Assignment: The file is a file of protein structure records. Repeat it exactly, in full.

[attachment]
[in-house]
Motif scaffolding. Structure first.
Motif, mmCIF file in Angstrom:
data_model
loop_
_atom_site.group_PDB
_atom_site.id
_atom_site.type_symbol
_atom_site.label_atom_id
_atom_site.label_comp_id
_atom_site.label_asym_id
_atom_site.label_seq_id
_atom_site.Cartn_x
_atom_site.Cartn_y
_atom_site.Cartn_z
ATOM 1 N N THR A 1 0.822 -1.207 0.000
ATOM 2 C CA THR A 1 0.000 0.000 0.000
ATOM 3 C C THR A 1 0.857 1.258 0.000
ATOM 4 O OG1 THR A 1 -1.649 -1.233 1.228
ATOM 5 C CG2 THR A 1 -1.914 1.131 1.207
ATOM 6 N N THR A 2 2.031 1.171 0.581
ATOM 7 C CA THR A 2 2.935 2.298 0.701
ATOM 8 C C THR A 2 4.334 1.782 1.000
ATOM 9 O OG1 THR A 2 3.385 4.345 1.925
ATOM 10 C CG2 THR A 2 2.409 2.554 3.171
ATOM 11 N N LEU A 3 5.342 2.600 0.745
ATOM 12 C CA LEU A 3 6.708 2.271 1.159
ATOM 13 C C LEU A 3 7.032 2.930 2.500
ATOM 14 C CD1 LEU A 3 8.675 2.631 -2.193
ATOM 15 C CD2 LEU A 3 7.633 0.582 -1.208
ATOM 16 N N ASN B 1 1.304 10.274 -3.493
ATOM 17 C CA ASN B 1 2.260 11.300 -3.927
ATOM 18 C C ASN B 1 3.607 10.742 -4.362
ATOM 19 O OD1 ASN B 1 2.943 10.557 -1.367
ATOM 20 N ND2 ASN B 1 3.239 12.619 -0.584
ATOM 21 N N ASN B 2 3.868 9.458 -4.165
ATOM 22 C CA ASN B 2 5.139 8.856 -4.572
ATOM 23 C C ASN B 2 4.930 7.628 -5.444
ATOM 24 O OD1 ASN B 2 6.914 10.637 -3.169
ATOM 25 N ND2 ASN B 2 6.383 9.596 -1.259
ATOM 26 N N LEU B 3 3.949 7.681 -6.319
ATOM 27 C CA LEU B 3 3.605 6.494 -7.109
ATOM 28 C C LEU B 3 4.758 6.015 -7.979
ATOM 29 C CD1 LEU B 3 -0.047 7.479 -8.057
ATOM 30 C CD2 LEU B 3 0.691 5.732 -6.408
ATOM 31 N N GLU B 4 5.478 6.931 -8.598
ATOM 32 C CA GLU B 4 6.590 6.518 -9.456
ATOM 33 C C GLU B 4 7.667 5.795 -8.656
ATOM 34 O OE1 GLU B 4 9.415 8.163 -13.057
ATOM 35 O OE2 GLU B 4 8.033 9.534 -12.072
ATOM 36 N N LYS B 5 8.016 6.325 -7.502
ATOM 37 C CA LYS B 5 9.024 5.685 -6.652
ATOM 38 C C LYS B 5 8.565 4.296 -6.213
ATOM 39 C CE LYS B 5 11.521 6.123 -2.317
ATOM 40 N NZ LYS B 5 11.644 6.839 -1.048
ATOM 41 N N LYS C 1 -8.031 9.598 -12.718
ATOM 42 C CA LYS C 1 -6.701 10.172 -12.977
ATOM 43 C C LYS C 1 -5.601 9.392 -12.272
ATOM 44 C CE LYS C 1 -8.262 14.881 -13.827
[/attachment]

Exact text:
[in-house]
Motif scaffolding. Structure first.
Motif, mmCIF file in Angstrom:
data_model
loop_
_atom_site.group_PDB
_atom_site.id
_atom_site.type_symbol
_atom_site.label_atom_id
_atom_site.label_comp_id
_atom_site.label_asym_id
_atom_site.label_seq_id
_atom_site.Cartn_x
_atom_site.Cartn_y
_atom_site.Cartn_z
ATOM 1 N N THR A 1 0.822 -1.207 0.000
ATOM 2 C CA THR A 1 0.000 0.000 0.000
ATOM 3 C C THR A 1 0.857 1.258 0.000
ATOM 4 O OG1 THR A 1 -1.649 -1.233 1.228
ATOM 5 C CG2 THR A 1 -1.914 1.131 1.207
ATOM 6 N N THR A 2 2.031 1.171 0.581
ATOM 7 C CA THR A 2 2.935 2.298 0.701
ATOM 8 C C THR A 2 4.334 1.782 1.000
ATOM 9 O OG1 THR A 2 3.385 4.345 1.925
ATOM 10 C CG2 THR A 2 2.409 2.554 3.171
ATOM 11 N N LEU A 3 5.342 2.600 0.745
ATOM 12 C CA LEU A 3 6.708 2.271 1.159
ATOM 13 C C LEU A 3 7.032 2.930 2.500
ATOM 14 C CD1 LEU A 3 8.675 2.631 -2.193
ATOM 15 C CD2 LEU A 3 7.633 0.582 -1.208
ATOM 16 N N ASN B 1 1.304 10.274 -3.493
ATOM 17 C CA ASN B 1 2.260 11.300 -3.927
ATOM 18 C C ASN B 1 3.607 10.742 -4.362
ATOM 19 O OD1 ASN B 1 2.943 10.557 -1.367
ATOM 20 N ND2 ASN B 1 3.239 12.619 -0.584
ATOM 21 N N ASN B 2 3.868 9.458 -4.165
ATOM 22 C CA ASN B 2 5.139 8.856 -4.572
ATOM 23 C C ASN B 2 4.930 7.628 -5.444
ATOM 24 O OD1 ASN B 2 6.914 10.637 -3.169
ATOM 25 N ND2 ASN B 2 6.383 9.596 -1.259
ATOM 26 N N LEU B 3 3.949 7.681 -6.319
ATOM 27 C CA LEU B 3 3.605 6.494 -7.109
ATOM 28 C C LEU B 3 4.758 6.015 -7.979
ATOM 29 C CD1 LEU B 3 -0.047 7.479 -8.057
ATOM 30 C CD2 LEU B 3 0.691 5.732 -6.408
ATOM 31 N N GLU B 4 5.478 6.931 -8.598
ATOM 32 C CA GLU B 4 6.590 6.518 -9.456
ATOM 33 C C GLU B 4 7.667 5.795 -8.656
ATOM 34 O OE1 GLU B 4 9.415 8.163 -13.057
ATOM 35 O OE2 GLU B 4 8.033 9.534 -12.072
ATOM 36 N N LYS B 5 8.016 6.325 -7.502
ATOM 37 C CA LYS B 5 9.024 5.685 -6.652
ATOM 38 C C LYS B 5 8.565 4.296 -6.213
ATOM 39 C CE LYS B 5 11.521 6.123 -2.317
ATOM 40 N NZ LYS B 5 11.644 6.839 -1.048
ATOM 41 N N LYS C 1 -8.031 9.598 -12.718
ATOM 42 C CA LYS C 1 -6.701 10.172 -12.977
ATOM 43 C C LYS C 1 -5.601 9.392 -12.272
ATOM 44 C CE LYS C 1 -8.262 14.881 -13.827